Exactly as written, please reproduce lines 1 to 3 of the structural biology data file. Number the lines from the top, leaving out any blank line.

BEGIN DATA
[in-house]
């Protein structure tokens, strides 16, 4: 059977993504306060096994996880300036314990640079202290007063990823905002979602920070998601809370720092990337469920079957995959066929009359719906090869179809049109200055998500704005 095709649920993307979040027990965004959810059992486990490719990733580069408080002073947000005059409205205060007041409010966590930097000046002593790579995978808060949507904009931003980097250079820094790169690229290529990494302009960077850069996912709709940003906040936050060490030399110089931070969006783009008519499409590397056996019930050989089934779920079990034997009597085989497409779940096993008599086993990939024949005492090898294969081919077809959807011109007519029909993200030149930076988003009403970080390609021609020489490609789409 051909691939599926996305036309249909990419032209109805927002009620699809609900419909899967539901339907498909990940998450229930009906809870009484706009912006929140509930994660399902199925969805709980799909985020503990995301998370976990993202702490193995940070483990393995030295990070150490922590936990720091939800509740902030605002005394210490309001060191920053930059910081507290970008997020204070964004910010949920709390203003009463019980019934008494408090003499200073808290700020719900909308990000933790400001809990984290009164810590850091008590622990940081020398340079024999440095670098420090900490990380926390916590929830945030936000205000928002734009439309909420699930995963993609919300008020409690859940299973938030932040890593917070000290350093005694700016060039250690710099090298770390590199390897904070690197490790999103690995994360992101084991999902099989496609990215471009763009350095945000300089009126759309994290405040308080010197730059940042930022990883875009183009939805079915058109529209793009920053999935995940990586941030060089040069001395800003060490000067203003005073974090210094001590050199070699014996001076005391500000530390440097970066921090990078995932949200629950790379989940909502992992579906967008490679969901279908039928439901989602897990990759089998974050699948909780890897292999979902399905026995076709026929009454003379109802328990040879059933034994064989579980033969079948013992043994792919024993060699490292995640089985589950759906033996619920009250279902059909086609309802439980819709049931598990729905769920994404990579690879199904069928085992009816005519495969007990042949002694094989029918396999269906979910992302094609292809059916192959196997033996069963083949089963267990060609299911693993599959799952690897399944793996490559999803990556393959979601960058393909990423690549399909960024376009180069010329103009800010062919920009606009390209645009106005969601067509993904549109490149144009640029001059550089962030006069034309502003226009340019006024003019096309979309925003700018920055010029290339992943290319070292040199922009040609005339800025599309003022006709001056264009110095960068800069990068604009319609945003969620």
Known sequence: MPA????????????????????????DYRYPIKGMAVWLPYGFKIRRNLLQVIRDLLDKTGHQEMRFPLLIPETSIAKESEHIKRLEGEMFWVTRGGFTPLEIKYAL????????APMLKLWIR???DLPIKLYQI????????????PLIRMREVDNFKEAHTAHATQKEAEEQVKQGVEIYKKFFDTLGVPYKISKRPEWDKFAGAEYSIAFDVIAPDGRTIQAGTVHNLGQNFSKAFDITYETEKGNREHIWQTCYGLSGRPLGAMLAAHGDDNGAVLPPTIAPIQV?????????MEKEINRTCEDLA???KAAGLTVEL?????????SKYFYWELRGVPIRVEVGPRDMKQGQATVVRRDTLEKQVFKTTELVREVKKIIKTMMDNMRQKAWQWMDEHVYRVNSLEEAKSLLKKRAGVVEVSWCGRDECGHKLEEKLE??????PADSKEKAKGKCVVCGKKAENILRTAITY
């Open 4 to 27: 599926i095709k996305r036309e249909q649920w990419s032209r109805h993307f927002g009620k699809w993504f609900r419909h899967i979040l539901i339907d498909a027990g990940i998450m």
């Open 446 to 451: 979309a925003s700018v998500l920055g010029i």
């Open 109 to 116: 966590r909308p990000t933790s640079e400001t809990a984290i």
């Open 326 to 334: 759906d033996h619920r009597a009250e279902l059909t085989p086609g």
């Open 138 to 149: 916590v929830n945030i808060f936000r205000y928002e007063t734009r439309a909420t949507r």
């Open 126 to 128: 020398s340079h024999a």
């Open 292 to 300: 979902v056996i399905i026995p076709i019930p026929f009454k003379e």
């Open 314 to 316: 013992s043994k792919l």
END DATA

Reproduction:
[in-house]
């Protein structure tokens, strides 16, 4: 059977993504306060096994996880300036314990640079202290007063990823905002979602920070998601809370720092990337469920079957995959066929009359719906090869179809049109200055998500704005 095709649920993307979040027990965004959810059992486990490719990733580069408080002073947000005059409205205060007041409010966590930097000046002593790579995978808060949507904009931003980097250079820094790169690229290529990494302009960077850069996912709709940003906040936050060490030399110089931070969006783009008519499409590397056996019930050989089934779920079990034997009597085989497409779940096993008599086993990939024949005492090898294969081919077809959807011109007519029909993200030149930076988003009403970080390609021609020489490609789409 051909691939599926996305036309249909990419032209109805927002009620699809609900419909899967539901339907498909990940998450229930009906809870009484706009912006929140509930994660399902199925969805709980799909985020503990995301998370976990993202702490193995940070483990393995030295990070150490922590936990720091939800509740902030605002005394210490309001060191920053930059910081507290970008997020204070964004910010949920709390203003009463019980019934008494408090003499200073808290700020719900909308990000933790400001809990984290009164810590850091008590622990940081020398340079024999440095670098420090900490990380926390916590929830945030936000205000928002734009439309909420699930995963993609919300008020409690859940299973938030932040890593917070000290350093005694700016060039250690710099090298770390590199390897904070690197490790999103690995994360992101084991999902099989496609990215471009763009350095945000300089009126759309994290405040308080010197730059940042930022990883875009183009939805079915058109529209793009920053999935995940990586941030060089040069001395800003060490000067203003005073974090210094001590050199070699014996001076005391500000530390440097970066921090990078995932949200629950790379989940909502992992579906967008490679969901279908039928439901989602897990990759089998974050699948909780890897292999979902399905026995076709026929009454003379109802328990040879059933034994064989579980033969079948013992043994792919024993060699490292995640089985589950759906033996619920009250279902059909086609309802439980819709049931598990729905769920994404990579690879199904069928085992009816005519495969007990042949002694094989029918396999269906979910992302094609292809059916192959196997033996069963083949089963267990060609299911693993599959799952690897399944793996490559999803990556393959979601960058393909990423690549399909960024376009180069010329103009800010062919920009606009390209645009106005969601067509993904549109490149144009640029001059550089962030006069034309502003226009340019006024003019096309979309925003700018920055010029290339992943290319070292040199922009040609005339800025599309003022006709001056264009110095960068800069990068604009319609945003969620």
Known sequence: MPA????????????????????????DYRYPIKGMAVWLPYGFKIRRNLLQVIRDLLDKTGHQEMRFPLLIPETSIAKESEHIKRLEGEMFWVTRGGFTPLEIKYAL????????APMLKLWIR???DLPIKLYQI????????????PLIRMREVDNFKEAHTAHATQKEAEEQVKQGVEIYKKFFDTLGVPYKISKRPEWDKFAGAEYSIAFDVIAPDGRTIQAGTVHNLGQNFSKAFDITYETEKGNREHIWQTCYGLSGRPLGAMLAAHGDDNGAVLPPTIAPIQV?????????MEKEINRTCEDLA???KAAGLTVEL?????????SKYFYWELRGVPIRVEVGPRDMKQGQATVVRRDTLEKQVFKTTELVREVKKIIKTMMDNMRQKAWQWMDEHVYRVNSLEEAKSLLKKRAGVVEVSWCGRDECGHKLEEKLE??????PADSKEKAKGKCVVCGKKAENILRTAITY